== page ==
1923 returned Ambedkar because his scholarship was leaked, as a lawyer back to India. Professional Initially he held the post of finance minister in the state of Baroda and was Professor of Economics. Finally, after two years he took care of all the needs of the Dalits as untouchables of Hindu society are called. Another name for the Dalits is on Mahatma Gandhi declining term Harijan (inaccurate as " children of God " translated in the West, actually: " Vishnu - born" ). Ambedkar preferred the term " Dalit ", of a self- designation of the untouchable box is in contrast to " Harijan " and contains a combative element. Since the same access to public facilities was given to Dalits in practice not led Dr. Ambedkar thousands of them in a protest march in March 1927 Chowdar water reservoir in order to drink water. Caste Hindus subsequently conducted from extensive cleansing rituals. Dr. Ambedkar was now trying to take legal action, which, however, only after ten years led to success, which led him to the conclusion that you could not restrict it, they wanted to improve the miserable situation of the Dalits. In May 1936, he described the move away from Hinduism as an essential element of liberation. By 1956, he led research on the liberation potential of religions, especially Buddhism, Christianity, and Islam, by.

In 1947, the now -recognized political and spiritual leader of the Dalits justice ministers in the first government of independent India. He held the chair of the Constitution Committee and was instrumental in the drafting of the Indian Constitution, as the real "father" he is seen. In 1951 he resigned as Prime Minister, after he had to realize that the Hindu leadership was not willing to comply with its demands for social, economic and political equality of the Dalits in full.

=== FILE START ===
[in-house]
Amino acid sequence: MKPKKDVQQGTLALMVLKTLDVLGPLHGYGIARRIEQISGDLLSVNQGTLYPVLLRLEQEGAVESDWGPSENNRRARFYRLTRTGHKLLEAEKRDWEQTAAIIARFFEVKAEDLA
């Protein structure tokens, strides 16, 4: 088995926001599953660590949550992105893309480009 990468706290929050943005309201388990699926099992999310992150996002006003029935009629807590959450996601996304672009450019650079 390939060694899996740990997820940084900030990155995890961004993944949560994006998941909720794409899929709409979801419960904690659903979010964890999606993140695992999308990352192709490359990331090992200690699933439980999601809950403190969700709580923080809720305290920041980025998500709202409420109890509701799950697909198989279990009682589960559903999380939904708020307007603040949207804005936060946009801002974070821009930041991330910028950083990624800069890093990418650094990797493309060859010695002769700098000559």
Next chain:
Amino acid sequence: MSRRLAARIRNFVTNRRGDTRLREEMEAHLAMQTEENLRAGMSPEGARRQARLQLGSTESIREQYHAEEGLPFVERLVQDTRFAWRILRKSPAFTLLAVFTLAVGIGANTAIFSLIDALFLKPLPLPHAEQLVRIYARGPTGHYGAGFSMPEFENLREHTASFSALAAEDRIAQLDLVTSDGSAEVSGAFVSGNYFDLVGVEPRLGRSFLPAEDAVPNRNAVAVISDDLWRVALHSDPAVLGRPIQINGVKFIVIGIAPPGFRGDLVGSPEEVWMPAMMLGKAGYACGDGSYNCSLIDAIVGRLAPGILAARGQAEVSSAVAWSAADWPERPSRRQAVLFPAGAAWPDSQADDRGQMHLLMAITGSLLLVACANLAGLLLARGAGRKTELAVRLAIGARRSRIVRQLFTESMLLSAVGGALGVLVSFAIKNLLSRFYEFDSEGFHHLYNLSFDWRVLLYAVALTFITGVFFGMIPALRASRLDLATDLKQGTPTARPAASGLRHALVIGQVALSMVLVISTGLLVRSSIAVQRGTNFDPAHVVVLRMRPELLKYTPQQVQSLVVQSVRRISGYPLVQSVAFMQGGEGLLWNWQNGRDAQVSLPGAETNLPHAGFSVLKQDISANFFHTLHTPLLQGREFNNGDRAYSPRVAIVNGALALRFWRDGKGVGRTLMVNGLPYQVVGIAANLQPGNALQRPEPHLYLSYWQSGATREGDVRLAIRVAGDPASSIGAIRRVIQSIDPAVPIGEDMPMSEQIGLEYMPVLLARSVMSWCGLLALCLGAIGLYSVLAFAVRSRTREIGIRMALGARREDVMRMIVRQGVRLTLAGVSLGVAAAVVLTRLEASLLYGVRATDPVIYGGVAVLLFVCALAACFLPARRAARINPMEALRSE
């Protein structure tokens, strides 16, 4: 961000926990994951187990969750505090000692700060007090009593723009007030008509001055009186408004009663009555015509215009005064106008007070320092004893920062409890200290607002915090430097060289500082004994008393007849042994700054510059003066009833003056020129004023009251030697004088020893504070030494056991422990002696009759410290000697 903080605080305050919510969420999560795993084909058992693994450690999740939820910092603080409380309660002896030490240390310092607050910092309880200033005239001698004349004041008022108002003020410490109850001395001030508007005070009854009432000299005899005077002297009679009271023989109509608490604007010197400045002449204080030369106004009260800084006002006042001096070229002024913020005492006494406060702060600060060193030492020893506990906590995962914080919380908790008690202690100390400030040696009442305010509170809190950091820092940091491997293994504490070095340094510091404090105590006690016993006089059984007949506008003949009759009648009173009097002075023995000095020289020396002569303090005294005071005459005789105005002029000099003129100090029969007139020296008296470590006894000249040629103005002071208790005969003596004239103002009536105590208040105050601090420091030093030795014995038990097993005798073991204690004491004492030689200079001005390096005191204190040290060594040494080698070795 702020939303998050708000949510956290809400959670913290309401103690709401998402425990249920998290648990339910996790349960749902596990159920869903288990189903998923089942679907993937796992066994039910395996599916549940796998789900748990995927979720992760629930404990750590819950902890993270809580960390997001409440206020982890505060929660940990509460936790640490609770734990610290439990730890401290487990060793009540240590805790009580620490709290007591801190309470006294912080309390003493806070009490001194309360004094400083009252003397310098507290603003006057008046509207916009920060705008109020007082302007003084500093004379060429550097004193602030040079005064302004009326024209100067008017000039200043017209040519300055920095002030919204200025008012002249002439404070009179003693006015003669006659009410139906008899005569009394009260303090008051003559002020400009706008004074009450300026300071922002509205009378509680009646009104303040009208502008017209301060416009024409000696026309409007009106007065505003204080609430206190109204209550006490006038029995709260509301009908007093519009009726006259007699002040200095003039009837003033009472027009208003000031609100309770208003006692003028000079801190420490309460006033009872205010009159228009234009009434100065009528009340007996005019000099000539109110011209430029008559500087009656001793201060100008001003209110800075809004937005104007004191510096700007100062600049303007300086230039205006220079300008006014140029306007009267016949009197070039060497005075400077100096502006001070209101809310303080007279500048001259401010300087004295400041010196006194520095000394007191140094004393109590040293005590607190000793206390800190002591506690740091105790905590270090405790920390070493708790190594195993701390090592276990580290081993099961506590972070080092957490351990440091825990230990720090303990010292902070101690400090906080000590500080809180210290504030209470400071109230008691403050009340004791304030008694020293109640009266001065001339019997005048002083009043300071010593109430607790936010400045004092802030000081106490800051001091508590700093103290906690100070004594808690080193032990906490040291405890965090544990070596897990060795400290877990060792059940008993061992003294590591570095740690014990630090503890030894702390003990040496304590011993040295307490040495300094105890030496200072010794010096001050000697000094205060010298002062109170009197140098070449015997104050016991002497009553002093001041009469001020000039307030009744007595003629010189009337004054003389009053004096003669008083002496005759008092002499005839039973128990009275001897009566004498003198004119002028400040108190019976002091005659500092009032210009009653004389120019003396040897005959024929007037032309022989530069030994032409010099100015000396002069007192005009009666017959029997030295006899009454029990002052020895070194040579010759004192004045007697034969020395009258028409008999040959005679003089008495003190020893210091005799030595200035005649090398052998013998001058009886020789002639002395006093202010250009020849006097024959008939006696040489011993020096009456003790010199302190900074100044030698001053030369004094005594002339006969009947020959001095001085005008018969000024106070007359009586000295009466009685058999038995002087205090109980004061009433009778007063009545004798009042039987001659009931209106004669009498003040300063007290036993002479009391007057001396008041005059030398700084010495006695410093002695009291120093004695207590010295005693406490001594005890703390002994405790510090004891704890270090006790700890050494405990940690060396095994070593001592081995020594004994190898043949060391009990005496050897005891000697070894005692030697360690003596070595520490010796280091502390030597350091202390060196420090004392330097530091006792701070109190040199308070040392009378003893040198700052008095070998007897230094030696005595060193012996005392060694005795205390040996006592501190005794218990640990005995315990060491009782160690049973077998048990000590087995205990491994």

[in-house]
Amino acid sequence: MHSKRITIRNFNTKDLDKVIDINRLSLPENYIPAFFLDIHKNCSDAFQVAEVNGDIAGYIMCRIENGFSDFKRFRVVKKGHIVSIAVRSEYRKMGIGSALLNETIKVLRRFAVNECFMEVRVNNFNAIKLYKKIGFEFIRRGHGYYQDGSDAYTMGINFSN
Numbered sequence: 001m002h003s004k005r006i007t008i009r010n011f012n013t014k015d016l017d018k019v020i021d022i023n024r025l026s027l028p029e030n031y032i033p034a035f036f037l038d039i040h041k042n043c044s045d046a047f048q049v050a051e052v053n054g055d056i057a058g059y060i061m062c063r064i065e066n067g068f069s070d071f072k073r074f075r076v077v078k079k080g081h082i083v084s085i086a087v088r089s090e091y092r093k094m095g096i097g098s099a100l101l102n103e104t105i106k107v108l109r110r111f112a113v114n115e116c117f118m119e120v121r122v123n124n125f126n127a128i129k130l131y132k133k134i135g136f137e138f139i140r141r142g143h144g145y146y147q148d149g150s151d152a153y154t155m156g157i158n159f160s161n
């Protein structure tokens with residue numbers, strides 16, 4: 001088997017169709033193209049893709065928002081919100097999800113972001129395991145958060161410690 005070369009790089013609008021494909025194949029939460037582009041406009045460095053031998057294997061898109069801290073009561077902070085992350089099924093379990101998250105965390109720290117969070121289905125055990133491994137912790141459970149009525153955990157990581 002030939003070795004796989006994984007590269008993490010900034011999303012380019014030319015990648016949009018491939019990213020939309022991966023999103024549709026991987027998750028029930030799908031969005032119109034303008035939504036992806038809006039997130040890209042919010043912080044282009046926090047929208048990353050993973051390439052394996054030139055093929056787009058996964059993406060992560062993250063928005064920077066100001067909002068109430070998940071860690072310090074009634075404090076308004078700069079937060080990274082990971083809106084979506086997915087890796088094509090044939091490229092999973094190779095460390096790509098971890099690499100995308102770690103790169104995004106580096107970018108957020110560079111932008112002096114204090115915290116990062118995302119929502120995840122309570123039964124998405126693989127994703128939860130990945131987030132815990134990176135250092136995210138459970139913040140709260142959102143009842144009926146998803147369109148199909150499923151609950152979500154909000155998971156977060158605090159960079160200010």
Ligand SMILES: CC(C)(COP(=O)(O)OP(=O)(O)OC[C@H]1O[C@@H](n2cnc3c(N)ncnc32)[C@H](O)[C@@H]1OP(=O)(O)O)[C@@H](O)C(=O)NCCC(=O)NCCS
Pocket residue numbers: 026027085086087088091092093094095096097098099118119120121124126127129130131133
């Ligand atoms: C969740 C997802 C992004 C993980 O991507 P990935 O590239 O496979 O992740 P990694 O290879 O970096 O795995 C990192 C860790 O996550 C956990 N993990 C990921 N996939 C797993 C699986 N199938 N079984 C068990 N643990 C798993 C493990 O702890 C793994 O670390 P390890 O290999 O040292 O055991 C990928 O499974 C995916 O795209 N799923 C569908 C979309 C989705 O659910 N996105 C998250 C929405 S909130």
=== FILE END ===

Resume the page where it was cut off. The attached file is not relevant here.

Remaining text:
On October 14, 1956 Ambedkar joined in Nagpur during a major ceremony together with about 388,000 untouchables converted to Buddhism by taking the threefold refuge as historical accounts after a little more than 2200 years ago in the same place on the same day of the great Ashoka had done. At this point the Deekshabhoomi was built. In the Buddha's teaching, he saw a the caste system rejecting and reason led, yes socially revolutionary religion whose ethics are based on the principles of equality, freedom and goodness.

In the following years, the number of converts increased to about 6 million. The movement Ambedkar thus caused a revival of Buddhism in India, from the 4th century BC to the 8/9 Century AD, the leading intellectual force had been on the Indian subcontinent, but then in the course of a Brahmin countermission (from the 8th century ) and the Islamic conquest of India ( 12./14. Century) was largely displaced from its area of ​​origin.

Although India is a predominantly Hindu country, was launched on Ambedkar's the symbol of Buddhism, the " Wheel of Dharma " ( dharmacakra ) was added to the national flag of India, seeing the famous " Löwenkapitell " of the Buddhist emperor Ashoka (ca. 268-232 v. AD) was chosen as the national emblem of the Indian Republic.

Ambedkar died only a few months after his conversion to Buddhism on December 6, 1956. In April 1990, he posthumously with the Order of Merit " Bharat Ratna " ( Jewel of India dt ) of the Indian Republic 's highest honor was bestowed.

Launched by Ambedkar »Society for Popular Education ," with numerous educational institutions and the " Buddhist Society of India " continue his work. In India today live again about 10 million Buddhists.